Signs of Morning Depression: Here's What You Need to Know

    Signs of Morning Depression: Here's What You Need to Know

    Morning depression is a phenomenon that affects millions of people worldwide. Despite this, morning depression is not a well-studied topic, as not a lot of studies have been conducted regarding this phenomenon. Read on to learn more about the signs of morning depression, what causes it, and what you can do.

    What is morning depression?

    Morning depression is often described as sort of similar to a “hangover”. People who have morning depression usually experience great difficulty doing simple tasks in the morning. Things such as getting ready for the day, washing up, or even getting up from bed can feel burdensome.

    If you have ever felt this way, then you probably have experienced morning depression.

    One of the most telling signs of morning depression is that people who have it typically have a bad or terrible mood in the morning, and then a better mood in the evening. Another name for it is diurnal variation in mood, or changes in one’s affective state related to day or night physiological and behavioral rhythms.

    In addition it can also accompany mood swings in people with depression.

    Causes of morning depression

    signs of morning depression

    Diurnal variation in mood is believed to be a part of depression. This means that people who are struggling with depression usually experience it as one of their symptoms.

    However, certain things can increase the possibility that a person experiences morning depression. This includes the following:

    Not getting enough rest

    One of the possible causes of this type of depression is not having enough rest. If you’re working long hours, and sleeping for less than 8 hours each day, then it can have an adverse effect on your mental health.

    Scientists found that not having enough rest can affect the body’s natural clock or circadian rhythm, and make morning depression worse.

    Sleeping at different hours each day

    Another possible cause is if a person sleeps at different hours of the day. Having a regular sleep schedules allows our body to have a normal circadian rhythm, and our body uses this to help regulate various bodily processes, especially when we rest.

    If a person sleeps late one day, and early the next, it could put their circadian clock out of sorts. This can potentially affect the body’s sleep-wake cycle, and cause morning depression.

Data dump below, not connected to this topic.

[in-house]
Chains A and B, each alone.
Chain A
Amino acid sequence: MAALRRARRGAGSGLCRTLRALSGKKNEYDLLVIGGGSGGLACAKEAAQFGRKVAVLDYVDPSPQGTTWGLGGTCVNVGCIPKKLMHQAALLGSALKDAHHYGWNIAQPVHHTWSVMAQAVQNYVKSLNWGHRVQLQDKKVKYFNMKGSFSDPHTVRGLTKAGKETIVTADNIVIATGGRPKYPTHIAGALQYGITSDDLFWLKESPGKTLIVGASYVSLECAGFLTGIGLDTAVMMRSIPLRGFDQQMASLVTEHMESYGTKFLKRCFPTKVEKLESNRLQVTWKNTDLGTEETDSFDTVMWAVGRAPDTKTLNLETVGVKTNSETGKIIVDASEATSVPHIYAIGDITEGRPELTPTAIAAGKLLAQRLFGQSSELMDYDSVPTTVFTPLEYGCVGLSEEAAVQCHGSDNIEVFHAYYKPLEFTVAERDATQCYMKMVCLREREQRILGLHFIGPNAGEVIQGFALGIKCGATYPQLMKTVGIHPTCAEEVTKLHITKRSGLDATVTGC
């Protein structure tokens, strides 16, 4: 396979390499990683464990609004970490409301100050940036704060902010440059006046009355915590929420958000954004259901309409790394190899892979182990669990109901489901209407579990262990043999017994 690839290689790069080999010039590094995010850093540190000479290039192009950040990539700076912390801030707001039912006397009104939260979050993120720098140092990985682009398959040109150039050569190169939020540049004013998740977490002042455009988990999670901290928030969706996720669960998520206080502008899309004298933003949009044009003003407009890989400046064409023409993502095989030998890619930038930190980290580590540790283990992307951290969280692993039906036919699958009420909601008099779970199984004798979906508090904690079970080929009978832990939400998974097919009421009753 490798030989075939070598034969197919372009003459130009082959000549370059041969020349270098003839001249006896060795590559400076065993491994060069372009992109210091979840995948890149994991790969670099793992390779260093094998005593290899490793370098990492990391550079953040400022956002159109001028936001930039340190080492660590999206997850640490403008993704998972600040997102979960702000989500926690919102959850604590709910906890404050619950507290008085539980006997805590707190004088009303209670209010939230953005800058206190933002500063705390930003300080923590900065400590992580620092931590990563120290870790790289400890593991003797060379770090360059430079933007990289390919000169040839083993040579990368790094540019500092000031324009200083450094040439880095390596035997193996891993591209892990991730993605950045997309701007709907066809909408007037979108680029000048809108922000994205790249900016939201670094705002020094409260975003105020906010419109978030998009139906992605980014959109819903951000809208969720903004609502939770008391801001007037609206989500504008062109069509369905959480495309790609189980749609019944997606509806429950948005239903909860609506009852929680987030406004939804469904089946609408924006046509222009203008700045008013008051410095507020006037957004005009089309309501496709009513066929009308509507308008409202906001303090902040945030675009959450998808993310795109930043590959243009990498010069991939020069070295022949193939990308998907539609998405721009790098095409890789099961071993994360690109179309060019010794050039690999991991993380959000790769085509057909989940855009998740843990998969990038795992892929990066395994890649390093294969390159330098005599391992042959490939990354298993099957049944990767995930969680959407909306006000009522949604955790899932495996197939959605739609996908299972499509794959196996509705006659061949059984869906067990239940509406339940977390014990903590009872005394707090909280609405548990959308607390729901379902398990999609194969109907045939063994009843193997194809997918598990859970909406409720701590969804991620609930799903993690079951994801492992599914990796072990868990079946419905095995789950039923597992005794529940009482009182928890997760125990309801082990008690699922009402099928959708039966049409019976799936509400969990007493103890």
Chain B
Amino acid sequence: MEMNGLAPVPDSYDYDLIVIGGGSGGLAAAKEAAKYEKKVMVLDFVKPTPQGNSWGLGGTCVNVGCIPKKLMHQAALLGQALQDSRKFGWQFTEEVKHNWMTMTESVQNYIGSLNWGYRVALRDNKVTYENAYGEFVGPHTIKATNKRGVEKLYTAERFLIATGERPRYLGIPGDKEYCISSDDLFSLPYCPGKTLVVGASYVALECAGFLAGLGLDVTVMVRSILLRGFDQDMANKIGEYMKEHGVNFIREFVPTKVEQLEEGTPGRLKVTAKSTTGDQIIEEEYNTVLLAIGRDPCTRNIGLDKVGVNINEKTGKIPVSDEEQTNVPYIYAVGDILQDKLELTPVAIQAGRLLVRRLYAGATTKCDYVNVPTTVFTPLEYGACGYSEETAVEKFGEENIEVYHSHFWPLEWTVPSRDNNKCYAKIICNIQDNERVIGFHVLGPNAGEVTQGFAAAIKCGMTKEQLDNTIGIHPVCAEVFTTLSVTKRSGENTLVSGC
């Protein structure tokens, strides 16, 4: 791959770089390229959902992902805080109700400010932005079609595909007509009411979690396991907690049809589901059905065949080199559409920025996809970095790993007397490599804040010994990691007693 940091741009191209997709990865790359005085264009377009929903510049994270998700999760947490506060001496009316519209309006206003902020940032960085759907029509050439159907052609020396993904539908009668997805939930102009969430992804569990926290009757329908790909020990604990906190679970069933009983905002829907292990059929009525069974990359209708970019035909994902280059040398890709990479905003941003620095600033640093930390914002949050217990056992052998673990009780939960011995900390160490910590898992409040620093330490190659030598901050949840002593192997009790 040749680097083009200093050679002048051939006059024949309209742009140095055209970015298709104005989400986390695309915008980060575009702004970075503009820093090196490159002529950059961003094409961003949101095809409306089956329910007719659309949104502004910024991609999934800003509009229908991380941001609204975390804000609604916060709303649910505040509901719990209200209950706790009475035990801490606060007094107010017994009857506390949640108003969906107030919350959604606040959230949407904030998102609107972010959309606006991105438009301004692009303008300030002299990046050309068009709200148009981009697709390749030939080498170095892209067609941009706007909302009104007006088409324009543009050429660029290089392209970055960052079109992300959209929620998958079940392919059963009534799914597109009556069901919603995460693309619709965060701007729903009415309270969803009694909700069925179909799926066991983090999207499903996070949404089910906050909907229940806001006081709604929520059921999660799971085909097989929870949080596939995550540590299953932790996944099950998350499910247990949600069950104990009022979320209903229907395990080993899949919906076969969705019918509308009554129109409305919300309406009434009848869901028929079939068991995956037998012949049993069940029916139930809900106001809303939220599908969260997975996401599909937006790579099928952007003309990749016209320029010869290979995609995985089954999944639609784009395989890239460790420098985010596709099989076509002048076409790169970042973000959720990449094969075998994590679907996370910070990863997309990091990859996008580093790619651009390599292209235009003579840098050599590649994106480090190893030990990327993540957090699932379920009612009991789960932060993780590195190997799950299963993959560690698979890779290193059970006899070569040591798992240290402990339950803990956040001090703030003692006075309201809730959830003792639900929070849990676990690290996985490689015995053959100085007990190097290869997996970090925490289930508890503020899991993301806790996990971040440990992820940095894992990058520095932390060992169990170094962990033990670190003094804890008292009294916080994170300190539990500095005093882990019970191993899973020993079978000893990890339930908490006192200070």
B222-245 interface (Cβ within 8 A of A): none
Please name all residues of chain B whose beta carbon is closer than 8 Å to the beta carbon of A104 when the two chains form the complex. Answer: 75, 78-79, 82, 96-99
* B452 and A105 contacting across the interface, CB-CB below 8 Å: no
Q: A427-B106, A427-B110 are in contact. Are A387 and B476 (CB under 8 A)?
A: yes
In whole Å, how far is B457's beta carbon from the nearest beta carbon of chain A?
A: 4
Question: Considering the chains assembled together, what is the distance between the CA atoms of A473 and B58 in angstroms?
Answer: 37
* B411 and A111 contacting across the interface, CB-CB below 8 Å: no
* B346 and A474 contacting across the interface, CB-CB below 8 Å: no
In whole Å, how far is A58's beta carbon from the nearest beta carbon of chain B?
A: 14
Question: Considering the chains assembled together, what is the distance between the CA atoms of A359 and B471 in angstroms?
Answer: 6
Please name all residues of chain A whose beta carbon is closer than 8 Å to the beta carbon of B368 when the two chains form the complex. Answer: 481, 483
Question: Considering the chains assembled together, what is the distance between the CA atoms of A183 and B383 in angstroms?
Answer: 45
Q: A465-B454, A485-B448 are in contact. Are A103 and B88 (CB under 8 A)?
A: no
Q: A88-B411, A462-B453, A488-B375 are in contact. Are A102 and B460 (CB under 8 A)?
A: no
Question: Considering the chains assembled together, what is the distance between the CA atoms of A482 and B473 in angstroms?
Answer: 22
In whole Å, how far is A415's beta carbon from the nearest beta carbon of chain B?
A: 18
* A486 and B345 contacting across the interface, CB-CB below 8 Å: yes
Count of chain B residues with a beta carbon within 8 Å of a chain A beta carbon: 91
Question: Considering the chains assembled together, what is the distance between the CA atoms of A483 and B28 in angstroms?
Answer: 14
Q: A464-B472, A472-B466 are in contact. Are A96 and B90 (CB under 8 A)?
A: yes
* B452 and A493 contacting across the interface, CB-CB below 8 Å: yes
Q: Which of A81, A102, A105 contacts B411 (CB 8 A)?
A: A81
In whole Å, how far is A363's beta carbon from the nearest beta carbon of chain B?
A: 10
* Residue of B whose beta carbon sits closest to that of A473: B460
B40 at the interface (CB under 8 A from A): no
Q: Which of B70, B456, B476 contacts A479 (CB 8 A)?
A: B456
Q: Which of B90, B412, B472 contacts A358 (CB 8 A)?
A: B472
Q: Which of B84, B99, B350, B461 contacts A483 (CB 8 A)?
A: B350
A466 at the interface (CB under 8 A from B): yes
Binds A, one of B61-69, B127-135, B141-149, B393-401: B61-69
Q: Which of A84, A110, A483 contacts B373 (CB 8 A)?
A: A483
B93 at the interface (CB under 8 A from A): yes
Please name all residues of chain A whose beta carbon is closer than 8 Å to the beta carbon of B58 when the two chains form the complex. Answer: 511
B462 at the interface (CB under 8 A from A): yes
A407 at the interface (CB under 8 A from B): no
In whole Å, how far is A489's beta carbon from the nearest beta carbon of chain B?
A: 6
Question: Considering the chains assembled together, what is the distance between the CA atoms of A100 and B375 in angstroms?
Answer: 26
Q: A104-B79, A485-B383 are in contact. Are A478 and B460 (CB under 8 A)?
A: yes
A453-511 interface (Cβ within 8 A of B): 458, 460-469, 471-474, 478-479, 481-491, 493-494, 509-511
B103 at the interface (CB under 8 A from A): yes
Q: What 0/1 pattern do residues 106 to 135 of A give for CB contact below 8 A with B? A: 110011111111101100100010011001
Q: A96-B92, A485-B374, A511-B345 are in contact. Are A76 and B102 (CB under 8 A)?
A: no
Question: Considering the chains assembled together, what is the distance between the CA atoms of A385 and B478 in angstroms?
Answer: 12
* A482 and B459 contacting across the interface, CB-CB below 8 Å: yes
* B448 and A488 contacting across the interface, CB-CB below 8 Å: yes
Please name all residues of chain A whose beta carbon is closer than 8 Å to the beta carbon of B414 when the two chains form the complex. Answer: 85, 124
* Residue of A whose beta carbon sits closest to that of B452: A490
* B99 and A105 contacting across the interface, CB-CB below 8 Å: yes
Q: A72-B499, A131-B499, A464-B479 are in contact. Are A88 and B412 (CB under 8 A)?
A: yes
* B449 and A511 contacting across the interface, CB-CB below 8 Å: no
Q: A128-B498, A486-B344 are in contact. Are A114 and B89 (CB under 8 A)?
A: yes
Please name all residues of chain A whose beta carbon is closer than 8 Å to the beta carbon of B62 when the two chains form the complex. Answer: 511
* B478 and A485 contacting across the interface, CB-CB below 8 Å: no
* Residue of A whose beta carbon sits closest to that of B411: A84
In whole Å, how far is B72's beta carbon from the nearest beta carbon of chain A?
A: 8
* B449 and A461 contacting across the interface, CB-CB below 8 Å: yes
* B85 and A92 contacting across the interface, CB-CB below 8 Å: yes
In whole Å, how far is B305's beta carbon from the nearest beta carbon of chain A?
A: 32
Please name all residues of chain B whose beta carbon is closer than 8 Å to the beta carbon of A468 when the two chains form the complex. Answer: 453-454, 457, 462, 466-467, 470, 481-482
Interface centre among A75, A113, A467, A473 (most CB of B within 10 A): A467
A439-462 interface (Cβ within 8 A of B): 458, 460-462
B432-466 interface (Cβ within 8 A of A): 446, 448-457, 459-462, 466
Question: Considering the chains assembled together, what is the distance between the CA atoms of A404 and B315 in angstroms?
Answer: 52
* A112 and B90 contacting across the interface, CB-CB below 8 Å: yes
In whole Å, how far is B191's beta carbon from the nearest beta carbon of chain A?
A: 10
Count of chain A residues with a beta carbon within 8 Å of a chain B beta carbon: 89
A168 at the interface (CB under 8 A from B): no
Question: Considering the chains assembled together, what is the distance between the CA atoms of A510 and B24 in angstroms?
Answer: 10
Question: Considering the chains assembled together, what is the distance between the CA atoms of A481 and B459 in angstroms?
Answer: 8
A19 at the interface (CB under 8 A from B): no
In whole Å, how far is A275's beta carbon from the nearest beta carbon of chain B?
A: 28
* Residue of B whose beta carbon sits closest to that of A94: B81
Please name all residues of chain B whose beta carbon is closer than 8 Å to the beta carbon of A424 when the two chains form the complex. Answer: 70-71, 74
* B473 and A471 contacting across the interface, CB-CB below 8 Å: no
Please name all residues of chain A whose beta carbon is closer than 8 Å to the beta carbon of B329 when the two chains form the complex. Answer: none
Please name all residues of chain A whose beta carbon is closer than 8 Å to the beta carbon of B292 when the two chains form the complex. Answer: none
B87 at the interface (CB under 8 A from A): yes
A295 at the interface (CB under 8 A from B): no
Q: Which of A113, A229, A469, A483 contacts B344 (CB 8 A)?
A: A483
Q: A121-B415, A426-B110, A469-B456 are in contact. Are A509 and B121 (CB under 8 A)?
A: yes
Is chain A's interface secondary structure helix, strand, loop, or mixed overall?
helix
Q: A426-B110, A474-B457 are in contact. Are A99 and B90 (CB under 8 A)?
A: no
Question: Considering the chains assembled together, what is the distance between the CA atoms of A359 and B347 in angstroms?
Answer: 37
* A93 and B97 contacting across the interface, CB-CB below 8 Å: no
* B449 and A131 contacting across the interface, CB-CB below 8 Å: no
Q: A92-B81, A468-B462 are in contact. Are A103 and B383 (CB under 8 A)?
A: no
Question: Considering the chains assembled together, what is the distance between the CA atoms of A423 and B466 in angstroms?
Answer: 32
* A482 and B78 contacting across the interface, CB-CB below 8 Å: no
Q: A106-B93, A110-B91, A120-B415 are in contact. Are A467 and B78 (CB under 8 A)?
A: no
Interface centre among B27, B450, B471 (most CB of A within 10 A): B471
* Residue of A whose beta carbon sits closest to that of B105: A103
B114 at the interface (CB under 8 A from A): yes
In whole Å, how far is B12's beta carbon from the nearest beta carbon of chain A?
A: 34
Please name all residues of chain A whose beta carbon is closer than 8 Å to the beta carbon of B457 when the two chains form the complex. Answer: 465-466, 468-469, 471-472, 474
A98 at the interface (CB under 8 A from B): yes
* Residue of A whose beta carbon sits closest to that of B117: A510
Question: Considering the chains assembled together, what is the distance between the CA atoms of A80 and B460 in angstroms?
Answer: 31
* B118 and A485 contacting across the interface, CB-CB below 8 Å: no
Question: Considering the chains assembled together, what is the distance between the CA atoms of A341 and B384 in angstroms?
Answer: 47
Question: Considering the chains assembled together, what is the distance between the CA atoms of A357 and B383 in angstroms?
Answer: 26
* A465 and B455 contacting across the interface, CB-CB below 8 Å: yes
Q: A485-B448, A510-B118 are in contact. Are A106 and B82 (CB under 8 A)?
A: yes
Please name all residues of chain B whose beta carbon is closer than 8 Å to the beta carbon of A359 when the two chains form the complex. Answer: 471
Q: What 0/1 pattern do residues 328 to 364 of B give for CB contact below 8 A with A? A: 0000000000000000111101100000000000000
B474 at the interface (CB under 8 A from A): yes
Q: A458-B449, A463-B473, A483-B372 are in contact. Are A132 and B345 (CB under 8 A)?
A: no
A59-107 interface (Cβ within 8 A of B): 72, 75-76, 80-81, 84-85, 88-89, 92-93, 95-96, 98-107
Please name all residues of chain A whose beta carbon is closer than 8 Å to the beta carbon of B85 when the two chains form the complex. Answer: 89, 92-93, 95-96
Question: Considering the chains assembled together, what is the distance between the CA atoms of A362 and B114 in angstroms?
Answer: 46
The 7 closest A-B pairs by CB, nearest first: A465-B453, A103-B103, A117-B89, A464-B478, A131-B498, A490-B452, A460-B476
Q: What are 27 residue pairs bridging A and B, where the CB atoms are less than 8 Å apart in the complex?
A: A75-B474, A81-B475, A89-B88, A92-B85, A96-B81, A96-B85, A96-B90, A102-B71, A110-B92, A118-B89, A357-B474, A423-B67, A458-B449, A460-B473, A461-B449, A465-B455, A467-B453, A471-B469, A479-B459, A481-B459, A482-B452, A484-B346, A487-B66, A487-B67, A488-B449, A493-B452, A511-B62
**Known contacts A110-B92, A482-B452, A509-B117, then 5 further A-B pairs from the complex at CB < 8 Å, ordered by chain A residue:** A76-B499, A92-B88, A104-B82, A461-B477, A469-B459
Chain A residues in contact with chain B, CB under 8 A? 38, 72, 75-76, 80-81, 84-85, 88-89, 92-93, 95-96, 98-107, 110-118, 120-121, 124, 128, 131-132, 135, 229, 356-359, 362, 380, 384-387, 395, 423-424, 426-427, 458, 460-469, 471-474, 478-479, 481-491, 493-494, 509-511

Sudden changes in the body clock

    In general, sudden changes in a person’s body clock can have an effect on their mood, including depression. This means that if a person suffers from jetlag, is getting used to a different time zone, or suddenly needs to work the graveyard shift, it can have an effect on their mental health.

    This means that the body is unable to have a regular sleep-wake cycle, and can be a cause for morning depression.

    What are the signs of morning depression?

    signs of morning depression

    Morning depression can manifest in different ways. But here are the most common signs of this condition:

    • Having a lack of motivation to wake up, or get up in the morning.
    • Being unable to do simple tasks such as take a shower, brush your teeth, or eat breakfast in the morning.
    • Having a low or depressive mood in the morning, which slowly gets better throughout the day, and much better in the evening.
    • Mood swings that get worse in the morning.
    • Having suicidal thoughts, suicide ideation, or thinking that “there’s no point” right after waking up.

    All of these are signs that you might be suffering from morning depression.

    What can you do about it?

    Morning depression or diurnal variation of mood is a treatable condition. The treatment can be similar to that of a major depressive disorder, or a long-term type of depression, albeit with a few differences.

    Here are some of the things that you can do about it:

    • If you have depression, don’t be afraid to seek help. This by far is the best thing that you can do to help manage your condition.
    • Get enough rest each night. Try to have at least 8 hours of uninterrupted sleep. This can help even out your circadian rhythm and helps improve your mood and mental health.
    • Exercise daily. Exercise has been known to improve a person’s mood, as well as their overall health.
    • Light therapy can help deal with morning depression. This entails being near a light therapy box which provides light similar to that of natural light. This can help improve your circadian rhythm, as well as boost your mood and prevent seasonal affective disorder.
    Always remember, depression is a treatable condition. You are not alone in your struggle, and do not hesitate to seek help if you feel that you are unable to take care of yourself. There’s nothing wrong with asking for help, and it can only help you get better.

    Hello Health Group does not provide medical advice, diagnosis or treatment.

    Sources

    Diurnal mood variation in depression: a signal of disturbed circadian function? – PubMed, https://pubmed.ncbi.nlm.nih.gov/17239958/, Accessed November 17, 2020

    CIRCADIAN RHYTHM DISTURBANCES IN DEPRESSION, https://www.ncbi.nlm.nih.gov/pmc/articles/PMC2612129/, Accessed November 17, 2020

    Diurnal variation of depressive symptoms, https://www.ncbi.nlm.nih.gov/pmc/articles/PMC3181887/, Accessed November 17, 2020

    What causes depression? – Harvard Health, https://www.health.harvard.edu/mind-and-mood/what-causes-depression, Accessed November 17, 2020

    Morning Depression | American Journal of Psychotherapy, https://psychotherapy.psychiatryonline.org/doi/abs/10.1176/appi.psychotherapy.1948.2.2.198?journalCode=apt, Accessed November 17, 2020

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    Written by Jan Alwyn Batara Updated Jul 20
    Expertly reviewed by Jessica Espanto, LPT, MA, RPsy